As one enters into the process of estate planning in North Canton, they might be under the assumption that whatever amount of assets they have to pass on to their heirs will automatically be limited by an estate tax liability. It may be easy to assume that taxes will come into play during the estate administration process; there are typically tax considerations with any significant transfer of funds or property. Yet estate taxes may be something that too many dedicate too much concern to.
When a worker is involved in an accident on the job, it can disrupt their life in different ways (taking time off, pain, immobility, mental trauma and so on). However, these accidents can also be damaging for business owners. For example, a business may lose one of their key employees, either temporarily or permanently. In some instances, an injured worker may even decide to take legal action following an accident. Sometimes, these lawsuits may involve exaggeration or certain details that have been misconstrued, and the consequences can be incredibly damaging for a business of any size.
After years of hard work and planning, it is finally time to follow your dream: to open your own business in North Canton. Unfortunately, starting your own company is not as simple as hanging an "open" sign on the door. Not only should you have a business plan, but you will also have to tackle various legal hurdles.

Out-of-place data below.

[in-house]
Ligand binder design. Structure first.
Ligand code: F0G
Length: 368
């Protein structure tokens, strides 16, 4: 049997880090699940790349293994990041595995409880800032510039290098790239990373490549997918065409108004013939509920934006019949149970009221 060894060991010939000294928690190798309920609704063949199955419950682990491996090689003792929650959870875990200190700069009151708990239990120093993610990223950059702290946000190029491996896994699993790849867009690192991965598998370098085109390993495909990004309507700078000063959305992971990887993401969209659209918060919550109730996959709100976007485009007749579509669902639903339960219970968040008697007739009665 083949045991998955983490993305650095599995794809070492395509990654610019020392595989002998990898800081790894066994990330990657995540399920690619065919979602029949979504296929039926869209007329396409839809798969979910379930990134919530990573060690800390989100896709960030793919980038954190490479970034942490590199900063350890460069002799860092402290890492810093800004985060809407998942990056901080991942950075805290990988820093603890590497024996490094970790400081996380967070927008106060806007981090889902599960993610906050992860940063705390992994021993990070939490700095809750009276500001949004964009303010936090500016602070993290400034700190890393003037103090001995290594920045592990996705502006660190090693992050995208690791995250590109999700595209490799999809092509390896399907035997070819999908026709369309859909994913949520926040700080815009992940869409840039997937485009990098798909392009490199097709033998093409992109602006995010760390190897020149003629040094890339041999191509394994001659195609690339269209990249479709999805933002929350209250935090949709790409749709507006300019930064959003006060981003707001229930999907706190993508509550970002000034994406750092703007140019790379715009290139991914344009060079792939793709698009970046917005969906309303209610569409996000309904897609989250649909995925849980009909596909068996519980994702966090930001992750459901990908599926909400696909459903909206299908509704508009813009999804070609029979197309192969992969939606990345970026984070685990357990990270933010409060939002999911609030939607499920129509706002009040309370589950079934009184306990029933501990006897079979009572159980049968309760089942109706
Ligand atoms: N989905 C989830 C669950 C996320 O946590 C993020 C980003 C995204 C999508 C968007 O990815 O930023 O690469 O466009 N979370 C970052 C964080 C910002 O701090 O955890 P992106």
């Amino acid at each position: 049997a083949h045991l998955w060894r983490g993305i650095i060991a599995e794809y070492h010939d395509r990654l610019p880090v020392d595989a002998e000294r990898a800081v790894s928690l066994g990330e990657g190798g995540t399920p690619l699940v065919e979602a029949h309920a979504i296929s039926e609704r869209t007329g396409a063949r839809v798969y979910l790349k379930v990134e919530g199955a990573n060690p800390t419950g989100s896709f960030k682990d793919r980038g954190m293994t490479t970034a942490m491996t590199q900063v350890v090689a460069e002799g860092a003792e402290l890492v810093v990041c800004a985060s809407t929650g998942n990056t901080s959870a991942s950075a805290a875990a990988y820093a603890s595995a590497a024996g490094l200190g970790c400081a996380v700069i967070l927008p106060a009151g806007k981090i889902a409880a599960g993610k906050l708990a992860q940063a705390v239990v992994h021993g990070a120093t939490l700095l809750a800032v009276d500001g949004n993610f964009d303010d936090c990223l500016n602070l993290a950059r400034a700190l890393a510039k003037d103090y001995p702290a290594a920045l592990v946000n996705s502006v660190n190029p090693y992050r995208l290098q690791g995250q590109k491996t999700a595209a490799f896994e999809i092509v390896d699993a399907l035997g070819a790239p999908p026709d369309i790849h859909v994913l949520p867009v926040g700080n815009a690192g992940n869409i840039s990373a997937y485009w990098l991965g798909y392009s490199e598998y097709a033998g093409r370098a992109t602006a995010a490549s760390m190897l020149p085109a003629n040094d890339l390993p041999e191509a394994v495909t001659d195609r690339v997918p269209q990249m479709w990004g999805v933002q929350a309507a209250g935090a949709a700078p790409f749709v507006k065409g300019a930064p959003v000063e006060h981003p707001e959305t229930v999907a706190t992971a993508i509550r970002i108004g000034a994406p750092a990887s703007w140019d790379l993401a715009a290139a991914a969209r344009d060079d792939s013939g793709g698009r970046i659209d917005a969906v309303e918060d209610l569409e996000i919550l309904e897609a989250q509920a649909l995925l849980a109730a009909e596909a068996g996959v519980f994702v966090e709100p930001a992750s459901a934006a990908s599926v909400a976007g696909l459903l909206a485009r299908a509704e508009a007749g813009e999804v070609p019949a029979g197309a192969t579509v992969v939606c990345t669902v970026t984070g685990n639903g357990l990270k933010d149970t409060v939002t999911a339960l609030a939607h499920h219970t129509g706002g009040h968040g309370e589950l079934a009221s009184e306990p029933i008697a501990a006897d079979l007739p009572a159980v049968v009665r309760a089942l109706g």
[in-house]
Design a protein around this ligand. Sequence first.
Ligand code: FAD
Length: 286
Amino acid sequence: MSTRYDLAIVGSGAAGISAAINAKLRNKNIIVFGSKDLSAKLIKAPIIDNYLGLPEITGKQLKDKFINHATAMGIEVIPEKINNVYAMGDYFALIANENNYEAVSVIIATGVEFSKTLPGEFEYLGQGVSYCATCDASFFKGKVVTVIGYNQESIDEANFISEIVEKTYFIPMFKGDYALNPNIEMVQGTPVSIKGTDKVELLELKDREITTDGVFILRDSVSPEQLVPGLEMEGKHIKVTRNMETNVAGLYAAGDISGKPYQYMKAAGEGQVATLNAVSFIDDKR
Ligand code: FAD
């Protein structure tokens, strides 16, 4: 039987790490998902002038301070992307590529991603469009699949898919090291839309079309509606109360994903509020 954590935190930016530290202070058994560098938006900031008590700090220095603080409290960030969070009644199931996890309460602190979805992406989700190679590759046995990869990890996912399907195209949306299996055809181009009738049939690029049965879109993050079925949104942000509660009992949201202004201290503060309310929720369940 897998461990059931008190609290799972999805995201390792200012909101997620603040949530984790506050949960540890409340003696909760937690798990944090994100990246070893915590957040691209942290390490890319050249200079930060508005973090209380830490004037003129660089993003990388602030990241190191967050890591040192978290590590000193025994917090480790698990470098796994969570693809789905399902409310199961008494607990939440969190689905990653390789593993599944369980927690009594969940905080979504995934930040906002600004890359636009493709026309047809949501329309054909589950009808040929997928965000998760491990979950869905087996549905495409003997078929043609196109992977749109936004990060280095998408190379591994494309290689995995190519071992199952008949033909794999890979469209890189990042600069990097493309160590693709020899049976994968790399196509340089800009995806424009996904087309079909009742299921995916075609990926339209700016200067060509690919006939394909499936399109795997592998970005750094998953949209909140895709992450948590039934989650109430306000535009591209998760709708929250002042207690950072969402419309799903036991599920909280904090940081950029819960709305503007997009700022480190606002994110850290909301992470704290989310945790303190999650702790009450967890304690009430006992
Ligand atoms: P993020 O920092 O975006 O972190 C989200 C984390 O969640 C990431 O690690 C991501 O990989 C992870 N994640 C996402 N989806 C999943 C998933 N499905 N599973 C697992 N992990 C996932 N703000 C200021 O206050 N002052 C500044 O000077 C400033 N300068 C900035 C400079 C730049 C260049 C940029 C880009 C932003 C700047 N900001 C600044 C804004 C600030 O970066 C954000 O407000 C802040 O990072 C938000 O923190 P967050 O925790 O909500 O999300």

At Baker Dublikar Beck Wiley & Mathews, we understand that your first business lawsuit in Ohio may be terrifying. You may have a lot of questions about what to do and how best to handle the situation to arrive at the most favorable outcome.
Businesses in Ohio fear litigation and with good reason. Business litigation can be expensive even when you win. From the time spent in court rooms to legal fees, it all adds up. However, what many businessowners do not see coming is the possibility of being sued by their own business partner.
Ohio residents who suffer from physical disabilities have the same rights to prepare an estate plan just like anyone else. Provided that a person is of sound mind and is not being taken advantage of, a disabled person can create a last will and testament that is as legally enforceable as any other will. This is because Ohio law offers other means to certify a will other than affixing a personal signature to it.